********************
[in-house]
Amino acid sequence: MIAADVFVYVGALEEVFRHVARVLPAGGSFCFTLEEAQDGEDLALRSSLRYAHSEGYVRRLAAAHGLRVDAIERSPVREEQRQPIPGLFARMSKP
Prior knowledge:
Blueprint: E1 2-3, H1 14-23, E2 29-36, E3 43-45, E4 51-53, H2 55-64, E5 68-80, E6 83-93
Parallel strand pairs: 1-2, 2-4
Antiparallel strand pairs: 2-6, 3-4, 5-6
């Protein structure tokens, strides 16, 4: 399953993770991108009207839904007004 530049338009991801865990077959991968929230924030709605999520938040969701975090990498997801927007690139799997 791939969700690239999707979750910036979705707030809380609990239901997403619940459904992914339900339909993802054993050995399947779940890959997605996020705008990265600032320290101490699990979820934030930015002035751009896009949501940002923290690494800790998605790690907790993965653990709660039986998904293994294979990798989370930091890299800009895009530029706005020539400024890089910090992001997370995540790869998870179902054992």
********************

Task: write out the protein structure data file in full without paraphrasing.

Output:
[in-house]
Amino acid sequence: MIAADVFVYVGALEEVFRHVARVLPAGGSFCFTLEEAQDGEDLALRSSLRYAHSEGYVRRLAAAHGLRVDAIERSPVREEQRQPIPGLFARMSKP
Prior knowledge:
Blueprint: E1 2-3, H1 14-23, E2 29-36, E3 43-45, E4 51-53, H2 55-64, E5 68-80, E6 83-93
Parallel strand pairs: 1-2, 2-4
Antiparallel strand pairs: 2-6, 3-4, 5-6
């Protein structure tokens, strides 16, 4: 399953993770991108009207839904007004 530049338009991801865990077959991968929230924030709605999520938040969701975090990498997801927007690139799997 791939969700690239999707979750910036979705707030809380609990239901997403619940459904992914339900339909993802054993050995399947779940890959997605996020705008990265600032320290101490699990979820934030930015002035751009896009949501940002923290690494800790998605790690907790993965653990709660039986998904293994294979990798989370930091890299800009895009530029706005020539400024890089910090992001997370995540790869998870179902054992």